1965 absurdist play by Harold Pinter, one of his classics, detailing a dysfunctional family: a claustrophobic house without a matriarch, where men dependent on their masculine egos become lost and turn on each other without a strong woman around. Enter son Teddy from America with his wife Ruth. With a woman around, things get creepy, as Ruth joins in the sadistic power games with the rest of the family, eventually stepping into the role of mother and whore for the house.

May have been the inspiration for Sam Shepard's Pulitzer Prize winning Buried Child.

A short story, written by Ray Bradbury and published for the first time in "Mademoiselle" magazine in 1946. Sometimes published as just "Homecoming" without "the" in the front. The story has subsequently been published in a variety of anthologies, including Bradbury's own "The October Country" and a 2006 republication of the story in book form, with illustrations by Dave McKean.

The story focuses on Timothy, a young boy who lives in a house of horrors. Everyone in his family is a monster of one sort or another -- immortals, vampires, werewolves, ghouls, telepaths, mummies, and more. Timothy is adopted and the only normal human in the family, but he's tolerated, even loved. They don't prey on him, but they do pity him. He pities himself, too -- he'd so dearly love to be like them. But now, the family is approaching the happiest time of the year -- Halloween, and even better, it's time for the Homecoming, when all the monsters and spirits and terrors from all over the world get together for a grand reunion. Will Timothy ever gain acceptance among his monstrous family?

There are several important characters in this story, some drawn in fine detail, some in broad strokes. There are Timothy's parents, loving but distant. There is Spid, Timothy's pet spider, who is smarter than he looks. There is Uncle Einar, a winged man with great love for Timothy -- when other members of his extended family ignore Timothy or try to scare him, Einar greets him warmly and loudly, flies him through the air, and encourages him that someday he'll be special like the rest of them. There is Cecy, Timothy's sister, who lies nearly comatose in her bed upstairs -- but her mind roams freely throughout the world, possessing humans, animals, and even leaves. She's a loving sister, but she can also be, like many other siblings, very, very cruel. There is Thousand Times Great Grandmère, wrapped in her ancient cerements.

It's not really a scary story. It's more of a valentine for those of us who've always wished we could have our own family of monsters, who've always felt more comfortable dreaming of horrors than living our own horrifically dreary lives, who start checking off the days 'til Halloween when they wake up on the morning of November 1. It's also a very sad story. We know, just as Timothy knows, that we'll never live in those special skins that our dreams are wrapped in. The last couple hundred words of the story are the saddest you'll ever read in American fiction. "Even in the midst of life, we are in death." Those words are true of all of us, but especially for Timothy. He's separated from normal humanity by growing up in a family of immortals, and he's separated from his family because he is the only one of them who will truly die. He's alone. We're alone, too.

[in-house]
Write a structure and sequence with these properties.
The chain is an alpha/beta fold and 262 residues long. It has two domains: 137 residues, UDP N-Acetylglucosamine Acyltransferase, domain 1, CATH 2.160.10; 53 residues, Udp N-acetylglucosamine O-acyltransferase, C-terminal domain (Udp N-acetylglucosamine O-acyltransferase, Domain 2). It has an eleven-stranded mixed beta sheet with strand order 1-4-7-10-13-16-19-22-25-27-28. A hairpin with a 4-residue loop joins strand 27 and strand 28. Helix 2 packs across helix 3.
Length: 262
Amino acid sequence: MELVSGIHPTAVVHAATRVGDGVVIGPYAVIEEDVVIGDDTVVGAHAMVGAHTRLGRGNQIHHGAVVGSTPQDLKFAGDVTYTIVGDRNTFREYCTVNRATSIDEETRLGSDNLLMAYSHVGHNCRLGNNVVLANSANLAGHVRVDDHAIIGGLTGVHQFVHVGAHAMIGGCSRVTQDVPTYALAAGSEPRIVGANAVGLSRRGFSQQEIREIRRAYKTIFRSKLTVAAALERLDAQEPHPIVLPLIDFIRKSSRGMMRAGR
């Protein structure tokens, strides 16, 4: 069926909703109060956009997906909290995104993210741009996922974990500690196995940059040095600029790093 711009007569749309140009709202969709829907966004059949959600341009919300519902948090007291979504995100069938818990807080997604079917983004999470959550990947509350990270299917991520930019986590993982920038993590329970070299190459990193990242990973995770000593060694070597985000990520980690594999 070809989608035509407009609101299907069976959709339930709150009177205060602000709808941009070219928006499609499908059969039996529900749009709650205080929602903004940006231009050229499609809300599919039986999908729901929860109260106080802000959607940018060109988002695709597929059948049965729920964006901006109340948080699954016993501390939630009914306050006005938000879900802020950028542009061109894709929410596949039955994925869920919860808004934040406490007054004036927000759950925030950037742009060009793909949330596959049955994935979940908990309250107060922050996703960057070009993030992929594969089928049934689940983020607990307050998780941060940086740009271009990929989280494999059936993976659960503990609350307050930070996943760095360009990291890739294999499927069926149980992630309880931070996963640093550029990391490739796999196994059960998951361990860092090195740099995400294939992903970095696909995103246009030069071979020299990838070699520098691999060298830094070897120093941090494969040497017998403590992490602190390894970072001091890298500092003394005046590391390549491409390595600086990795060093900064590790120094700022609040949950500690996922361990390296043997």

Bradbury has written a number of other works with their roots in "The Homecoming" -- short stories like "Uncle Einar," "The April Witch," "On the Orient North," "West of October, and others, and in 2001, he collected all his stories of the family, now dubbed the Elliotts, into a novel called "From the Dust Returned" that told the story of how the family came to be and how they were ultimately destroyed.

Like all of Bradbury's works, "The Homecoming" is lyrically and beautifully written -- face-cracking when it's funny, spine-shivering when it's creepy, heart-breaking when it's sad. If you haven't read it yet, go read it now. You'll enjoy it.

a review for fearquest

A missionary lady gives used toys to children who can recite a Bible verse. Since Mary Ellen has been forbidden to take charity, she whispers verses to other, even poorer neighbours:


MARY ELLEN: "What has man profited if he gains the whole world and loses a soul?"
CLAUDIE: Too hard to remember.
MARY ELLEN: "Jesus wept."
Later, somewhat mischievously, she feeds a different child a racy line from The Song of Songs.

Earl Hamner, Jr. chronicled the adventures of the rural Spencer family, loosely based on his own, in two novels: Spencer's Mountain (1961) and The Homecoming: A Novel About Spencer's Mountain (1970). The first was adapted to film as Spencer's Mountain in 1963, with Henry Fonda and Maureen O'Hara as the parents. The second found new life as a play (in dramatic and musical variations) which remains a seasonal mainstay of many community theater troupes. However, many more recall its adaptation to the small screen, a production with better-than-average acting and Currier and Ives winter scenes. The Homecoming, subtitled, A Christmas Story, first appeared on television in December, 1971, and gave rise to the long-running 1970s series, The Waltons.

MARY ELLEN: I'm hungry enough to eat a horse!
GRANDMA: This Depression gets any worse, you may have to.

The family's name changes due to rights issues related to the Spencers film and (for less established reasons) Clay and his eldest, Clay-boy, become John and John-boy. The story takes place on Christmas Eve, 1933. The family sees Clay, Sr. on weekends, because the only job he can find is in another city. He has not yet returned for the holiday, and his wife waits in quiet anguish, because she knows from the news a bus accident has claimed one unidentified man's life.